Brocato v. BrocatoAnnotate this Case
473 P.2d 702 (1970)
Cora Laurabelle BROCATO, Plaintiff in Error, v. Benedittos BROCATO, Defendant in Error.
Supreme Court of Colorado, En Banc.
August 17, 1970.
Howard M. Calder, Arvada, for plaintiff in error.
No appearance for defendant in error.
This writ of error is directed to a property settlement decree entered by the District Court of Las Animas County. Plaintiff in error was plaintiff in the trial court. She commenced an action for divorce in July of 1967 which, after many efforts toward reconciliation, culminated in a decree of divorce entered on March 17, 1969 in favor of both plaintiff and defendant. Thereafter, a full evidentiary hearing was held and an order and decree for division of property was entered by the court on May 9, 1969.
The parties were married in 1953 and had two children. The evidence in a great *703 part was disputed as to the ownership and extent of asserts accumulated by the parties during their fourteen-year marriage. Defendant had worked with his father in a dry-cleaning and laundry business until a short time prior to the commencement of the divorce proceeding. The plaintiff had worked intermittently in the business as circumstances permitted. The business was financed with capital provided solely by the father. Although defendant contended he was not a partner with his father, the court found him to be a partner in the business.
In May of 1967, prior to the commencement of the divorce action, the business was sold for $150,000. Of the $22,000 cash payment received, defendant was given $11,000 which, by the time of the hearing on the property settlement, had largely been expended in payment of family debts and temporary support ordered by the trial court. The $128,000 balance of the proceeds of the sale was represented by promissory notes, $64,000 of which was payable to the defendant in monthly installments of $658.04. Although defendant contended he was merely a nominee for his mother, the trial court found these notes were marital assets. The other principal marital assets were the residence which the court valued on disputed evidence at $12,000, automobiles, and various bank accounts.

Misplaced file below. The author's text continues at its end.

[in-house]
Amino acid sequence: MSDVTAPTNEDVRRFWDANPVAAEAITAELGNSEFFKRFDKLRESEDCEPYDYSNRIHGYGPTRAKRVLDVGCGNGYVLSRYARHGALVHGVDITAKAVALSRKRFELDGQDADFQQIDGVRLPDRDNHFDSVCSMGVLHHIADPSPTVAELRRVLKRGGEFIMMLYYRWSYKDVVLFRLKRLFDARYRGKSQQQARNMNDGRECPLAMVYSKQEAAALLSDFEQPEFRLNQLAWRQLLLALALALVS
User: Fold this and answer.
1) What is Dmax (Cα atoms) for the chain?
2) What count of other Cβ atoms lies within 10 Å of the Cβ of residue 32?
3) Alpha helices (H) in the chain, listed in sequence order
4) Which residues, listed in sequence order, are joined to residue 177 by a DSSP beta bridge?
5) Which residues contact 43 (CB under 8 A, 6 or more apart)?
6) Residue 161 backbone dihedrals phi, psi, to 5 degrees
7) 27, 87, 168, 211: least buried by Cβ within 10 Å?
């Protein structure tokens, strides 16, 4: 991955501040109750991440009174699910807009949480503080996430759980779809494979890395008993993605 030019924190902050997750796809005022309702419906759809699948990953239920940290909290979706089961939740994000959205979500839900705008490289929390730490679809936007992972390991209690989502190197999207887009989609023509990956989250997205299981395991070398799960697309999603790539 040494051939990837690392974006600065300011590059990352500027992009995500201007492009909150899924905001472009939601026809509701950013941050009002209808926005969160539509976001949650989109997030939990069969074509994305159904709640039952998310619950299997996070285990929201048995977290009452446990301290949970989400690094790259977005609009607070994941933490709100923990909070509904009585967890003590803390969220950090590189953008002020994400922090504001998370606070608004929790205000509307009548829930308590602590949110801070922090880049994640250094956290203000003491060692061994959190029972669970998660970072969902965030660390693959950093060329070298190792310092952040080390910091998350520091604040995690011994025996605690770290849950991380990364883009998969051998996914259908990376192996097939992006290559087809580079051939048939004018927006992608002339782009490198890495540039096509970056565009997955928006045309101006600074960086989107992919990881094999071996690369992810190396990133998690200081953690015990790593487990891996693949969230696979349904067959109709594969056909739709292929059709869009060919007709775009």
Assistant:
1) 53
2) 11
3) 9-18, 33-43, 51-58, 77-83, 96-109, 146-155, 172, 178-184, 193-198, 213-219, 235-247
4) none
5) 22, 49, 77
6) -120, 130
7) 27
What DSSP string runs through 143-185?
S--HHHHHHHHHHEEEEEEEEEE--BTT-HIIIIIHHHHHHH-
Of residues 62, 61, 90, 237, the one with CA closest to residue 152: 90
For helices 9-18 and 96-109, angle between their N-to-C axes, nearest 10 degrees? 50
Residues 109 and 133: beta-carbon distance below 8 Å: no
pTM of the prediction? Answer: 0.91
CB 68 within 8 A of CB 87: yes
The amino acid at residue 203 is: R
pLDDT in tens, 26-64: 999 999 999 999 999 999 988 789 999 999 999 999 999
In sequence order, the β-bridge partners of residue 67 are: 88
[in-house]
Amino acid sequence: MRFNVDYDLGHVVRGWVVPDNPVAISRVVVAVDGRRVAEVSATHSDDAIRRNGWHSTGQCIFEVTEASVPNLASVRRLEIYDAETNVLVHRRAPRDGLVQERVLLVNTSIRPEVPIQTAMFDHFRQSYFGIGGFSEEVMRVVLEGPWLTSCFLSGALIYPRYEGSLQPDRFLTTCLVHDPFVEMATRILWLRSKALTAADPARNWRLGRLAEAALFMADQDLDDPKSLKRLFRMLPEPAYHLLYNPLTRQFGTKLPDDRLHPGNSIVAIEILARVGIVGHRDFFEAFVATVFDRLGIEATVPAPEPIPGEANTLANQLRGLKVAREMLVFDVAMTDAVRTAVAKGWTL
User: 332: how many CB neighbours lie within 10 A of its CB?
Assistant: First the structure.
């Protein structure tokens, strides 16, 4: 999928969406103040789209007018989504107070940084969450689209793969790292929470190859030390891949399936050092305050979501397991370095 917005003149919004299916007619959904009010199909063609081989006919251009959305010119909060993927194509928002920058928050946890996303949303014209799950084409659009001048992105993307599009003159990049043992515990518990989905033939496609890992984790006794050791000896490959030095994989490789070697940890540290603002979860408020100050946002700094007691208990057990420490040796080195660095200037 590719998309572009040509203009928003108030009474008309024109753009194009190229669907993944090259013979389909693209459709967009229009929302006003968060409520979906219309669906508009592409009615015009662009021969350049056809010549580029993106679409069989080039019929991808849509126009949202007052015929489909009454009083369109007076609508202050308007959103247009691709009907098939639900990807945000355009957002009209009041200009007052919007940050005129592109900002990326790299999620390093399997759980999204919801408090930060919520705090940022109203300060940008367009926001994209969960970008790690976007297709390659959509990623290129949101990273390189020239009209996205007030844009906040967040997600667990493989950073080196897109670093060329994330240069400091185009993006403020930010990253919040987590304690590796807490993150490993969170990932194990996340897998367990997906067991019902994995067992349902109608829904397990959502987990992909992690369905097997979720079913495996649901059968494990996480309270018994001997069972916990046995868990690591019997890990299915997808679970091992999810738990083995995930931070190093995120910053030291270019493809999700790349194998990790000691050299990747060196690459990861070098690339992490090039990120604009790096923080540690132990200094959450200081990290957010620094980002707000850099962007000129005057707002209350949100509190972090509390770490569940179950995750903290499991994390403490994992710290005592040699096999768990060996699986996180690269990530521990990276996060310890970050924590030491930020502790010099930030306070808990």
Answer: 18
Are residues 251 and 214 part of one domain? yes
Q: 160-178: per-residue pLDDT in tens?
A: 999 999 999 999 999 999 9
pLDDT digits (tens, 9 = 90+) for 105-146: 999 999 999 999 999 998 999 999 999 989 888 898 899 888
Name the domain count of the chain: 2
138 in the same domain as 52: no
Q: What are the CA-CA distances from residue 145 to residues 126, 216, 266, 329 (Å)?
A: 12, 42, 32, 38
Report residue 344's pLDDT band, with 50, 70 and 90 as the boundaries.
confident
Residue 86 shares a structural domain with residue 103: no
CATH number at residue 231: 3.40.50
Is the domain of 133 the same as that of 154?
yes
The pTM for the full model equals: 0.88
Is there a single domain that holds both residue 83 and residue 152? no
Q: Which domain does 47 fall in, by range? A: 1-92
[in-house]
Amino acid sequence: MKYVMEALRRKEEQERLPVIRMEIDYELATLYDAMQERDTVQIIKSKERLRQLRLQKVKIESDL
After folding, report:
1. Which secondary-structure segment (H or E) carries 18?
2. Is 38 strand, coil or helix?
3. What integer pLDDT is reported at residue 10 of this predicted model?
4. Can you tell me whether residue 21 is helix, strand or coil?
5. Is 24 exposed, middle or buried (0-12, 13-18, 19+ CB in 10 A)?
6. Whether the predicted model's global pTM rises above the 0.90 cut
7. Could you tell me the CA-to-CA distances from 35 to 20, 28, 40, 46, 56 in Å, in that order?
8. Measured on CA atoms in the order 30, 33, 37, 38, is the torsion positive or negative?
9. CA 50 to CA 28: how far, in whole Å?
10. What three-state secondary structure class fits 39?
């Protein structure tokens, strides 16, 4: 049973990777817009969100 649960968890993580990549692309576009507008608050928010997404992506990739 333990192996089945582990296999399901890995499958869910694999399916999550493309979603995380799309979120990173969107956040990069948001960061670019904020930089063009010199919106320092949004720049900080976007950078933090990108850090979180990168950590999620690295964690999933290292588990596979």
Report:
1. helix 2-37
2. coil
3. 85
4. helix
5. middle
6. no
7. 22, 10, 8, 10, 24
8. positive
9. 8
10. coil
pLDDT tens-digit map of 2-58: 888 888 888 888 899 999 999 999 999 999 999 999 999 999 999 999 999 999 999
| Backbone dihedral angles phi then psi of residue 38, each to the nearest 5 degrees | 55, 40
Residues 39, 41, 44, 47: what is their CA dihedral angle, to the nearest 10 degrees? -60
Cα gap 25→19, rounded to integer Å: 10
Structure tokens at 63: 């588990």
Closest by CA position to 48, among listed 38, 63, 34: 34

The plaintiff contended that a certain "linen service account" in the sum of $19,000 was a marital asset. However, the court found such to belong to the defendant's father. The court made a similar finding with respect to a business checking account in the sum of $6,000.
As a division of property, the court awarded to plaintiff a total of $32,000. An additional $1,572.47 was ordered paid for accumulated support arrearage. Of the total of $33,572.47 payable to plaintiff, $18,492.46 consisted of the family residence, household furniture and furnishings, an automobile, and certain checking and savings accounts which were specifically set over to the plaintiff. The balance of $15,080.01 was made payable out of the proceeds of promissory notes at the rate of $392.02 per month.
Plaintiff contends the order and decree of property division is "inequitable and unjust, arbitrary and without jurisdiction, does not correspond with the court's own findings and constitutes an abuse of discretion by the trial court." We do not agree and therefore affirm the judgment.
No rule is more firmly established in the law of divorce than that a decreed division of property arising out of the marital relationship is a matter within the sound discretion of the trial court and, if supported by competent evidence in the case, will not be disturbed on review. Moats v. Moats, 168 Colo. ___, 450 P.2d 64; Walden v. Walden, 147 Colo. 221, 363 P.2d 168; Traynor v. Traynor, 146 Colo. 70, 360 P.2d 431; Green v. Green, 139 Colo. 551, 342 P.2d 659; Nunemacher v. Nunemacher, 132 Colo. 300, 287 P.2d 662, 663. An examination of the record of proceedings in the present case reveals no abuse of discretion under the facts and circumstances shown by the evidence. We will not disturb the trial court's findings on disputed evidence, nor will we substitute our judgment of what is fair and equitable for that of the trial court.
We do note, however, as pointed out by counsel for plaintiff, what appears to be a mathematical error of $1,313.73. In calculating the total of the specific property items awarded to the plaintiff, the value of which was fixed by specific findings and which purports to be and was intended by the court to equal the sum of $18,492.46, we have arrived at a total value of only $17,178.73, leaving a deficiency of $1,313.73. We accordingly remand the action to the trial court with directions to review the computations and adjust the balance of payments due plaintiff, to the end that plaintiff shall ultimately receive the total award of $32,000 as fixed by the court.
The judgment is affirmed and the cause is remanded for further proceedings consonant with the views expressed herein.
GROVES, J., not participating.